The American Journal of Psychoanalysis

, Volume 78, Issue 2, pp 113–125 | Cite as


  • Ian S. Miller


Whether encountered as a movie or novel, Roald Dahl’s Charlie and the Chocolate Factory is a childhood staple of postwar Anglophone culture. Originally published in 1964, Dahl’s story of “Willie Wonka” is a morality tale for our times addressed by the present essay in relation to the precariousness, violence, intergenerational faith, and materialist fantasies reflective of contemporary life in the early twenty-first century. Compensating for the precarity of contemporary life’s impoverishment as assumptions of societal stability are overthrown, this chronicle of the Bucket family details: envious desire validated by large group chosen trauma; authoritarian enslavement of inferior, colonized peoples with murderous, industrial-level human experimentation; toward gratification of the greedy fantasy of unlimited sweetness under the sway of lethal identification with the aggressor.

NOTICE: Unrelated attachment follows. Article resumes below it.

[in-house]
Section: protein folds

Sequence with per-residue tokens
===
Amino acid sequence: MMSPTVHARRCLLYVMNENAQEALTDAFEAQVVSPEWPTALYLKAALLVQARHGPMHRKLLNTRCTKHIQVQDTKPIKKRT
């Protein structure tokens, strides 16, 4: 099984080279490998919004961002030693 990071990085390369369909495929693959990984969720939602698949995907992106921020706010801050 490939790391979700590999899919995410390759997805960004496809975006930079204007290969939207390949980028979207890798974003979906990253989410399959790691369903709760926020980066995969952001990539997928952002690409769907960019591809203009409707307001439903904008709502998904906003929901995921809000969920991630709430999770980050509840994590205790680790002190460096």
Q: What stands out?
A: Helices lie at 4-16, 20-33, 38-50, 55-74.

Willy Wonka precarity intergenerational chosen trauma fantasy identification 


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Copyright information

© Association for the Advancement of Psychoanalysis 2018

Authors and Affiliations

  • Ian S. Miller
    • 1
  1. 1.Kilmainham Congregational ChurchDublin 8Ireland

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